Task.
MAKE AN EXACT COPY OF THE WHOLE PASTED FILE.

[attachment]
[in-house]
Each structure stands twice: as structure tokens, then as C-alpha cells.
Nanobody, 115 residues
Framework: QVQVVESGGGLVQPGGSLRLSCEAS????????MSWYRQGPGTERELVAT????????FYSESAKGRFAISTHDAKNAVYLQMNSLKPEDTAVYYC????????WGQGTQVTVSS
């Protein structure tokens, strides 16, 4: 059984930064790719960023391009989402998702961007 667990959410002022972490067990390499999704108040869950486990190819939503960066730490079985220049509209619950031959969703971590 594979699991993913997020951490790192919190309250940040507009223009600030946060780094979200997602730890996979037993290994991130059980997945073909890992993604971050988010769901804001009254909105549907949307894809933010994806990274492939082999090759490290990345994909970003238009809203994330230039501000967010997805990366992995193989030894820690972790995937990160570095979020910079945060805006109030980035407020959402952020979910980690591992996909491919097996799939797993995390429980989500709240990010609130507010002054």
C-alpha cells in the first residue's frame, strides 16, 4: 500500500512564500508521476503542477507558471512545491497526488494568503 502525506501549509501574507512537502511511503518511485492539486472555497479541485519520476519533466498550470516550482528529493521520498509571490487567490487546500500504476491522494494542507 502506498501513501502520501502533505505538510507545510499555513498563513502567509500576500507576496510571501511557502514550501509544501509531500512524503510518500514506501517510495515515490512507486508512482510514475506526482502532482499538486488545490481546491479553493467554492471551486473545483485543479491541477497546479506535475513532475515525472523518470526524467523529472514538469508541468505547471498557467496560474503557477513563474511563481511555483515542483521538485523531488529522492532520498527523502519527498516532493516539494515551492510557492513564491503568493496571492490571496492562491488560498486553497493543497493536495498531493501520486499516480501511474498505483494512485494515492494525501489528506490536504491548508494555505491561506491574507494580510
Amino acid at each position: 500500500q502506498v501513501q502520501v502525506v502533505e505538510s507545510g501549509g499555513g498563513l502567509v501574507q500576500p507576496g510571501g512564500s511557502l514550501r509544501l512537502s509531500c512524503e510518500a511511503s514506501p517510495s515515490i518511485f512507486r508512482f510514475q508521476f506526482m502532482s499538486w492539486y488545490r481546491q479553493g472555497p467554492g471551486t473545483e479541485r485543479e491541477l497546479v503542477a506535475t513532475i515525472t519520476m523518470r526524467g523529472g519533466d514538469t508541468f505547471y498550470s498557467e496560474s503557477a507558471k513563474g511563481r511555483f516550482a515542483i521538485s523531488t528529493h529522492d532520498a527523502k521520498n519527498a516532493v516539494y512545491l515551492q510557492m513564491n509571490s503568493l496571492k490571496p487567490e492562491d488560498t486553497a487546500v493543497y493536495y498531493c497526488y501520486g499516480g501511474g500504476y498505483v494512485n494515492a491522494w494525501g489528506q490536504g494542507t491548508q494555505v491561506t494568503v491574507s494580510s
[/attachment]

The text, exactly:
[in-house]
Each structure stands twice: as structure tokens, then as C-alpha cells.
Nanobody, 115 residues
Framework: QVQVVESGGGLVQPGGSLRLSCEAS????????MSWYRQGPGTERELVAT????????FYSESAKGRFAISTHDAKNAVYLQMNSLKPEDTAVYYC????????WGQGTQVTVSS
């Protein structure tokens, strides 16, 4: 059984930064790719960023391009989402998702961007 667990959410002022972490067990390499999704108040869950486990190819939503960066730490079985220049509209619950031959969703971590 594979699991993913997020951490790192919190309250940040507009223009600030946060780094979200997602730890996979037993290994991130059980997945073909890992993604971050988010769901804001009254909105549907949307894809933010994806990274492939082999090759490290990345994909970003238009809203994330230039501000967010997805990366992995193989030894820690972790995937990160570095979020910079945060805006109030980035407020959402952020979910980690591992996909491919097996799939797993995390429980989500709240990010609130507010002054």
C-alpha cells in the first residue's frame, strides 16, 4: 500500500512564500508521476503542477507558471512545491497526488494568503 502525506501549509501574507512537502511511503518511485492539486472555497479541485519520476519533466498550470516550482528529493521520498509571490487567490487546500500504476491522494494542507 502506498501513501502520501502533505505538510507545510499555513498563513502567509500576500507576496510571501511557502514550501509544501509531500512524503510518500514506501517510495515515490512507486508512482510514475506526482502532482499538486488545490481546491479553493467554492471551486473545483485543479491541477497546479506535475513532475515525472523518470526524467523529472514538469508541468505547471498557467496560474503557477513563474511563481511555483515542483521538485523531488529522492532520498527523502519527498516532493516539494515551492510557492513564491503568493496571492490571496492562491488560498486553497493543497493536495498531493501520486499516480501511474498505483494512485494515492494525501489528506490536504491548508494555505491561506491574507494580510
Amino acid at each position: 500500500q502506498v501513501q502520501v502525506v502533505e505538510s507545510g501549509g499555513g498563513l502567509v501574507q500576500p507576496g510571501g512564500s511557502l514550501r509544501l512537502s509531500c512524503e510518500a511511503s514506501p517510495s515515490i518511485f512507486r508512482f510514475q508521476f506526482m502532482s499538486w492539486y488545490r481546491q479553493g472555497p467554492g471551486t473545483e479541485r485543479e491541477l497546479v503542477a506535475t513532475i515525472t519520476m523518470r526524467g523529472g519533466d514538469t508541468f505547471y498550470s498557467e496560474s503557477a507558471k513563474g511563481r511555483f516550482a515542483i521538485s523531488t528529493h529522492d532520498a527523502k521520498n519527498a516532493v516539494y512545491l515551492q510557492m513564491n509571490s503568493l496571492k490571496p487567490e492562491d488560498t486553497a487546500v493543497y493536495y498531493c497526488y501520486g499516480g501511474g500504476y498505483v494512485n494515492a491522494w494525501g489528506q490536504g494542507t491548508q494555505v491561506t494568503v491574507s494580510s